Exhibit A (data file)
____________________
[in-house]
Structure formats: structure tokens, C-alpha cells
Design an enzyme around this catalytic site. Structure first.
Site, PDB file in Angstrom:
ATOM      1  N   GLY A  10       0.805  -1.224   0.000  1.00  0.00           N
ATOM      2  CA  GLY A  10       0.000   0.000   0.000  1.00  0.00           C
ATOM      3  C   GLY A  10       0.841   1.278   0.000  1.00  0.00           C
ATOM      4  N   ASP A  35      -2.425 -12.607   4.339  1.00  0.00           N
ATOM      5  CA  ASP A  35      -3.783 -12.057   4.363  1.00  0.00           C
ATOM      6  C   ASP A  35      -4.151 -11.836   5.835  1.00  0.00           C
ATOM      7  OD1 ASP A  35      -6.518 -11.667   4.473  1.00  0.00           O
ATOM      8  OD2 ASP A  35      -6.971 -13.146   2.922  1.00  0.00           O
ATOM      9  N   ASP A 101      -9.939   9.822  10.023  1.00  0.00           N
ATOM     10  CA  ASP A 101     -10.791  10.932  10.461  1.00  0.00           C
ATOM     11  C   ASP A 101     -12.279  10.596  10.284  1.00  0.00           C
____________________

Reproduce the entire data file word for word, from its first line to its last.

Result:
[in-house]
Structure formats: structure tokens, C-alpha cells
Design an enzyme around this catalytic site. Structure first.
Site, PDB file in Angstrom:
ATOM      1  N   GLY A  10       0.805  -1.224   0.000  1.00  0.00           N
ATOM      2  CA  GLY A  10       0.000   0.000   0.000  1.00  0.00           C
ATOM      3  C   GLY A  10       0.841   1.278   0.000  1.00  0.00           C
ATOM      4  N   ASP A  35      -2.425 -12.607   4.339  1.00  0.00           N
ATOM      5  CA  ASP A  35      -3.783 -12.057   4.363  1.00  0.00           C
ATOM      6  C   ASP A  35      -4.151 -11.836   5.835  1.00  0.00           C
ATOM      7  OD1 ASP A  35      -6.518 -11.667   4.473  1.00  0.00           O
ATOM      8  OD2 ASP A  35      -6.971 -13.146   2.922  1.00  0.00           O
ATOM      9  N   ASP A 101      -9.939   9.822  10.023  1.00  0.00           N
ATOM     10  CA  ASP A 101     -10.791  10.932  10.461  1.00  0.00           C
ATOM     11  C   ASP A 101     -12.279  10.596  10.284  1.00  0.00           C